(3.)(a) Electrical conductivity in the solid state. Solid ionic compounds are non-conductive, since the individual ions are not free to move in the solid lattice.

(b) Electrical conductivity in the molten (liquid) state. Molten ionic compounds are electrical conductors. When heated to become a liquid the solid ionic lattice breaks apart, allowing the ions to move around in the liquid state. In this state positive ions are able to move towards the negative electrode (and negative ions can move towards the positive electrode) where electrolysis occurs, hence providing a path for the conduction of an electric current.

(4.) Solubility in water. Some ionic compounds are water soluble, whilst others are not, so a general prediction cannot be made here.

(5.) Solubility in benzene. Ionic compounds are generally insoluble in non-polar solvents such as benzene.

(6.) Hardness. Ionic compounds are hard and brittle. The strong ionic bonds between the cations and the anions hold the ions in a very rigid lattice. The displacement of one portion of the lattice caused by a shock or blow results in like-charged ions being neighbours and repelling each other, hence breaking the lattice.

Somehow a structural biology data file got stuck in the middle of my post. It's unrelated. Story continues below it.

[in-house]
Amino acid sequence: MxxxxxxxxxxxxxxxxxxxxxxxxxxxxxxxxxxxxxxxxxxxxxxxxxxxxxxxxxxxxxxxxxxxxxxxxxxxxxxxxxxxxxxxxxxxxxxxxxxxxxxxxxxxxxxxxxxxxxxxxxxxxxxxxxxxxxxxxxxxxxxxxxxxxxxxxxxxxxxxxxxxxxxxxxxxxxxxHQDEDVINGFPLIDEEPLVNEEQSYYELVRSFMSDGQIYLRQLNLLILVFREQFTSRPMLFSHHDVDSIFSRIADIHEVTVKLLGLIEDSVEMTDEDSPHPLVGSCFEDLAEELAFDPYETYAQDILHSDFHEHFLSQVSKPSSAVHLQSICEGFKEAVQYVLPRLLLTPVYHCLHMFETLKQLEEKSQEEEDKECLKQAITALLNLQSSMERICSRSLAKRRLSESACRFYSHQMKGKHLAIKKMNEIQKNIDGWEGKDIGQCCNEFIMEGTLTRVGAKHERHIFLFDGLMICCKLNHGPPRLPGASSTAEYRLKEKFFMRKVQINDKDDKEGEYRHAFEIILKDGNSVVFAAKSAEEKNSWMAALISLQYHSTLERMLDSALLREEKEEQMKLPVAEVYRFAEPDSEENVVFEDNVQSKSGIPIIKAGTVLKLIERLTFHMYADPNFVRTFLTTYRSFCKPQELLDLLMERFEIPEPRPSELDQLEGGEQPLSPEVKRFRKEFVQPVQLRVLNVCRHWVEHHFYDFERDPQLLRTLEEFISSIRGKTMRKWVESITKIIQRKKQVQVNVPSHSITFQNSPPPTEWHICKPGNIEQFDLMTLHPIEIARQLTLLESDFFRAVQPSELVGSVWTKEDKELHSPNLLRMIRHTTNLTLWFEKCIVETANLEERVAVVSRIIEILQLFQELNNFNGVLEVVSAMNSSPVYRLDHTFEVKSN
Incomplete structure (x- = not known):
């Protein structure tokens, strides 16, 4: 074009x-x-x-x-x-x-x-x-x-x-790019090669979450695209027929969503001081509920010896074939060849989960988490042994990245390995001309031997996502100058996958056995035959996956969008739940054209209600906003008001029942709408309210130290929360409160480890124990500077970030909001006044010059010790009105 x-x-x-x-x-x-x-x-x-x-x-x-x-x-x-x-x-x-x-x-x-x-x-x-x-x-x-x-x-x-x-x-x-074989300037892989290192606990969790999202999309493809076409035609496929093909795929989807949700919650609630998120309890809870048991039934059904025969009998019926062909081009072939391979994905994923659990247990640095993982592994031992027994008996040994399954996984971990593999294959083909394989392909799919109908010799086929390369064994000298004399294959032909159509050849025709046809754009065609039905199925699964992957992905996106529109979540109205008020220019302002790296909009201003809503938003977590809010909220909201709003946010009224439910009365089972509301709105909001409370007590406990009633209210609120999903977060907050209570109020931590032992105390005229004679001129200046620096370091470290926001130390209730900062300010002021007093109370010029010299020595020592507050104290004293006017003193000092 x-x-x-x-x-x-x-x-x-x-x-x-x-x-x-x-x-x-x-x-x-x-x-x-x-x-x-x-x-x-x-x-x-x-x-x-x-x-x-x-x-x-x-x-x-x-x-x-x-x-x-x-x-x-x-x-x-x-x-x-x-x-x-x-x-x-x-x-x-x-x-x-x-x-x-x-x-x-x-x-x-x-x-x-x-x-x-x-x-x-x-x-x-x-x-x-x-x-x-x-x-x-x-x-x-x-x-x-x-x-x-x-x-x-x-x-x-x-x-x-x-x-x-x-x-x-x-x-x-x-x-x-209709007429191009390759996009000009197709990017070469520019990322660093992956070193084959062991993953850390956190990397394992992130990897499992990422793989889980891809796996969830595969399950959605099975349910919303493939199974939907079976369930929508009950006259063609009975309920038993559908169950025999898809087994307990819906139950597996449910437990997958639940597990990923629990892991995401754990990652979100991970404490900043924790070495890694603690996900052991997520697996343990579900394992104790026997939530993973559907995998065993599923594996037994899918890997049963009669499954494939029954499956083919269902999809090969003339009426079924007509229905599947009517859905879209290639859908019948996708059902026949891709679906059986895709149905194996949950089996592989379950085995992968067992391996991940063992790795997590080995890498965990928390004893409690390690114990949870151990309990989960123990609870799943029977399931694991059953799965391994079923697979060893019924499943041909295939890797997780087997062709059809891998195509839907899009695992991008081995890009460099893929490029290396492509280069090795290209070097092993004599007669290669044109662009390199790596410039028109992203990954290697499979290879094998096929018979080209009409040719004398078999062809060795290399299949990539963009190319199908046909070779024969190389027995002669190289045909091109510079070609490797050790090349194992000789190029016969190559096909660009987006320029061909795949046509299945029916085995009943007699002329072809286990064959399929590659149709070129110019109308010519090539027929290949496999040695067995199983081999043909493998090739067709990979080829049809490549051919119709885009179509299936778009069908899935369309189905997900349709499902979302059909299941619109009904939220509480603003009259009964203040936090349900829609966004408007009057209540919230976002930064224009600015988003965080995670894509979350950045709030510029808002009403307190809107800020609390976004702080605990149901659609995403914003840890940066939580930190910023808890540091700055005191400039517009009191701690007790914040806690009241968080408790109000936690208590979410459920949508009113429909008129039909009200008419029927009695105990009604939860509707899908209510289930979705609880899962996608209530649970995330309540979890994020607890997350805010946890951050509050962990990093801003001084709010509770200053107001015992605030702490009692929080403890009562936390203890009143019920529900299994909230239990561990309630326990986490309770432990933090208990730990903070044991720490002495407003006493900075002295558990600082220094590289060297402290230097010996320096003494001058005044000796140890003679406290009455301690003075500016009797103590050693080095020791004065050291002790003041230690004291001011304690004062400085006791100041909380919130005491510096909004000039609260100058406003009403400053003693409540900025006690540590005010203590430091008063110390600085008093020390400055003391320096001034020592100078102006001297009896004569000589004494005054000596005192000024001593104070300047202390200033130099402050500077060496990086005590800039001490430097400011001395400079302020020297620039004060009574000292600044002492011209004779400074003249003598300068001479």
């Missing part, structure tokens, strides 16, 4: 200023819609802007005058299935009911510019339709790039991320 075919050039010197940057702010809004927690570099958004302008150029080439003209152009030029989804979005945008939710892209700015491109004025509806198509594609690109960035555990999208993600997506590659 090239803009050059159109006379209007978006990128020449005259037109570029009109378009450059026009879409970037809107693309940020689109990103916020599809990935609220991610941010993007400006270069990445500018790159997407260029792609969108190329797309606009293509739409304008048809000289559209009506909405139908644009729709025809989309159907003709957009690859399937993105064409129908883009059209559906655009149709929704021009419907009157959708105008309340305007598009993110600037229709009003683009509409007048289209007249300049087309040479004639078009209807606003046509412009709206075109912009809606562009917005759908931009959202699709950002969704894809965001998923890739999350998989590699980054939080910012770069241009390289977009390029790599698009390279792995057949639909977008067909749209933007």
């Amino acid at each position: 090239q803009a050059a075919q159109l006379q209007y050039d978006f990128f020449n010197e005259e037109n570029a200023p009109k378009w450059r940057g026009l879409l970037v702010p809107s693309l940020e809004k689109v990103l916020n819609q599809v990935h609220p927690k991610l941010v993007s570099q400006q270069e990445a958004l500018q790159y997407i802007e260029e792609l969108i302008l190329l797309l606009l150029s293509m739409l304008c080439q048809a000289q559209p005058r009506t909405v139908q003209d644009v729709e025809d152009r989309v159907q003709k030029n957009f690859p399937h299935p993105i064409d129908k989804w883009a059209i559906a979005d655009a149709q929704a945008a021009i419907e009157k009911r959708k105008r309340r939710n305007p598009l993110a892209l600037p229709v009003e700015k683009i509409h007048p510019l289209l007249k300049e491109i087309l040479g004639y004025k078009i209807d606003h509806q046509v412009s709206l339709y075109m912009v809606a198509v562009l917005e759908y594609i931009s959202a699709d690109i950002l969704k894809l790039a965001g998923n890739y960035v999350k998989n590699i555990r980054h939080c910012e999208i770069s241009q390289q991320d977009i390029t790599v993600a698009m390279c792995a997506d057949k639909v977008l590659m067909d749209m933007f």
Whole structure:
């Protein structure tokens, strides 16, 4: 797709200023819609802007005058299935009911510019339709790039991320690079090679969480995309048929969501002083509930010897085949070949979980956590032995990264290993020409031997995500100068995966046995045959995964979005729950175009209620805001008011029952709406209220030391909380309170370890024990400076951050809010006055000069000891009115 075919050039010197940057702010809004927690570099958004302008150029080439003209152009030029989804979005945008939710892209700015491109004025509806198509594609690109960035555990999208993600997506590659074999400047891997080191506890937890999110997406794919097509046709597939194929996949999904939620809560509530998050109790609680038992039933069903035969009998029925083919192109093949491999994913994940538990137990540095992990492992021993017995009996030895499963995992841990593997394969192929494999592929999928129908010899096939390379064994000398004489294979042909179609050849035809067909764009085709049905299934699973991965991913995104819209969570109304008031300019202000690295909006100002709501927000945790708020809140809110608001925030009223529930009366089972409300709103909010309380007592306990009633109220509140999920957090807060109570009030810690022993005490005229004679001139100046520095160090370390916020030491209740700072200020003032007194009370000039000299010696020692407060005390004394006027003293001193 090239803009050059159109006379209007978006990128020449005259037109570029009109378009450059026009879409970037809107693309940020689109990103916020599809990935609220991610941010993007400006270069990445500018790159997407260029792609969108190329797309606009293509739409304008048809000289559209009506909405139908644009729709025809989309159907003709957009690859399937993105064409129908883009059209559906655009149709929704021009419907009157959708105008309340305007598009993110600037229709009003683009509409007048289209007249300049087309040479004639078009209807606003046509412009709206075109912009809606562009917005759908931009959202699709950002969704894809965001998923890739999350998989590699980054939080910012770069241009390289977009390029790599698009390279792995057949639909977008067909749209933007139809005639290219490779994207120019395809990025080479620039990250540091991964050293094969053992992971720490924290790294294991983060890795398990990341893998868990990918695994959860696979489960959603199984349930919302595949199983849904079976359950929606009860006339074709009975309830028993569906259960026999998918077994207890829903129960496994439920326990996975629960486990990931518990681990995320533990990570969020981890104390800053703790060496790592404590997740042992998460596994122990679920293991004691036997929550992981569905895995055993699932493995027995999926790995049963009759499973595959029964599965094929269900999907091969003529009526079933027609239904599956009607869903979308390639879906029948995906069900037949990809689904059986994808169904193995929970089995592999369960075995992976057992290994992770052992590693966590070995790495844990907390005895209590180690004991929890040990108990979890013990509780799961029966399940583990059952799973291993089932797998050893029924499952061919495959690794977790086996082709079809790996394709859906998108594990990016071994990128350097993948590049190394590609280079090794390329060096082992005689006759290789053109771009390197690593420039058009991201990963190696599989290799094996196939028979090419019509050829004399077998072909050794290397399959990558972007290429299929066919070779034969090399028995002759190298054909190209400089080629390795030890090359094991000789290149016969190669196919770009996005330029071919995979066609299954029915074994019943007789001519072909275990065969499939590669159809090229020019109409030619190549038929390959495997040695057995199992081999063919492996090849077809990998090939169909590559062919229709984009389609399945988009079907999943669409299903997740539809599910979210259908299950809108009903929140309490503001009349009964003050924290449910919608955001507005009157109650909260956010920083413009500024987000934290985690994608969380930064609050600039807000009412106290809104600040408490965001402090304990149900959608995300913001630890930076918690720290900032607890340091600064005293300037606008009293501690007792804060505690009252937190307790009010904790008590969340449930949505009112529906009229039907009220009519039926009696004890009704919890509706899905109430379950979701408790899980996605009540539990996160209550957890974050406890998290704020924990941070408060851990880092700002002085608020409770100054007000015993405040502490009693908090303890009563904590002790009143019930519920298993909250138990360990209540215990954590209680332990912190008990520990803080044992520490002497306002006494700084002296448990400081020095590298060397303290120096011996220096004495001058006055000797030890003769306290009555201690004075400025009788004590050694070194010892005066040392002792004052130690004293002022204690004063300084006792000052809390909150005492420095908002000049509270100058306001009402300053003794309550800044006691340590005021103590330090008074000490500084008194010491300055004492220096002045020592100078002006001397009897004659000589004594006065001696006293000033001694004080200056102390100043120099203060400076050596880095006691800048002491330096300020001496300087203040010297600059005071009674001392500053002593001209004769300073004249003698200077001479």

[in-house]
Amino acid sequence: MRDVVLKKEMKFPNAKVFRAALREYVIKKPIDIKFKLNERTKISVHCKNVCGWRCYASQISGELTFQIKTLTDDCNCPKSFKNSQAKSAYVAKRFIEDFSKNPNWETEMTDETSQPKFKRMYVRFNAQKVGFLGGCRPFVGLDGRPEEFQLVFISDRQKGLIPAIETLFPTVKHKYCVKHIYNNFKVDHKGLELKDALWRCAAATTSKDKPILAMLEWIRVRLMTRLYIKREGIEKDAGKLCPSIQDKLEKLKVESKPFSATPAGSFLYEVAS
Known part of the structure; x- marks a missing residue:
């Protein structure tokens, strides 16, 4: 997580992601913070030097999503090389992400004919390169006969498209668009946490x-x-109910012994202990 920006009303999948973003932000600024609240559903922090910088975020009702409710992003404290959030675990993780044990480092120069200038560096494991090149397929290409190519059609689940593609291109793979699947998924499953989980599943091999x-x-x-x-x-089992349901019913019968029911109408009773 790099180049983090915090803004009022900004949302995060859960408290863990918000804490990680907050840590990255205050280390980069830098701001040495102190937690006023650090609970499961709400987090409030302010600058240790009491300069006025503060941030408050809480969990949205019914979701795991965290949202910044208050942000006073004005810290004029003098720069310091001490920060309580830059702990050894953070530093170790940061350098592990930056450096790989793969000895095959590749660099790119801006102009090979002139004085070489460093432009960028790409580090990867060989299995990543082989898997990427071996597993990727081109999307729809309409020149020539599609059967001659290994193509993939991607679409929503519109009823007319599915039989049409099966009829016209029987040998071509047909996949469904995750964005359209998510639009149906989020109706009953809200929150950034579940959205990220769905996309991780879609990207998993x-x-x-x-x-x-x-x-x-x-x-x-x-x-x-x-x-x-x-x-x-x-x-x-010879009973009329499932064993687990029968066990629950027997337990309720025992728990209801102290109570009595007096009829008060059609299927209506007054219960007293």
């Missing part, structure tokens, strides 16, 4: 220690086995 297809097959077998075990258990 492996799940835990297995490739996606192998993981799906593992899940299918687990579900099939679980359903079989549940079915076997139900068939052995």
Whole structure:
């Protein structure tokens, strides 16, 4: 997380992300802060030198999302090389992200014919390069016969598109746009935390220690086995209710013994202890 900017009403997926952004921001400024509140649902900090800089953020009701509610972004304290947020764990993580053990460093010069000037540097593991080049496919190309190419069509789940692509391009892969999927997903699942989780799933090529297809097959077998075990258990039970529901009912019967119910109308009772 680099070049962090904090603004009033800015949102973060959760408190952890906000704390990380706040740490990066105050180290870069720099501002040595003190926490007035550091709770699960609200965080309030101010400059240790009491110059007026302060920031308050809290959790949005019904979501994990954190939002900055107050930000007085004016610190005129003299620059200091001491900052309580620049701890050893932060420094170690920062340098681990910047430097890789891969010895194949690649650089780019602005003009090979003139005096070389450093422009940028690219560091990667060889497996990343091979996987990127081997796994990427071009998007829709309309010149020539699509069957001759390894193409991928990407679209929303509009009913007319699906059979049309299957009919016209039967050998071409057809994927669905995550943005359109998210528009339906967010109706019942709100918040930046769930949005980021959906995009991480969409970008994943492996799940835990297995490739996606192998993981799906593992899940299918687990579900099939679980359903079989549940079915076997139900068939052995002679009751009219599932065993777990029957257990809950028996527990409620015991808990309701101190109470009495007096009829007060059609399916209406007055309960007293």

4  The small difference in electronegativity between the two elements implies that the bonding demonstrated by the compound is probably primarily covalent in character. The following will assume that the compound formed exhibits molecular covalent bonding (as opposed to network covalent bonding, which is relatively uncommon and results in vastly different properties):

(1.) Physical state (298 K, 101 kPa). Covalent compounds can be low melting solids, liquids, or gases at 298 K, 101 kPa.

(2.) Melting point. Melting is the process whereby the molecules obtain enough energy to overcome the attractive forces that hold them in the solid state, allowing them to move about independently in the liquid phase. Covalent compounds have low melting points (often below room temperature). Weaker van der Waals forces operate between component molecules instead of the strong electrostatic attractions beteen ions that are responsible for the high melting points of ionic compounds, so less energy is required to remove individual molecules from a solid lattice.

(3.)(a) Electrical conductivity in the solid state. Covalent compounds, like ionic compounds, are electrical insulators in the solid state. Only metals can normally behave as conductors in the solid state due to their mobile outer electrons on each atom which readily move from atom to atom under the influence of an electrical voltage.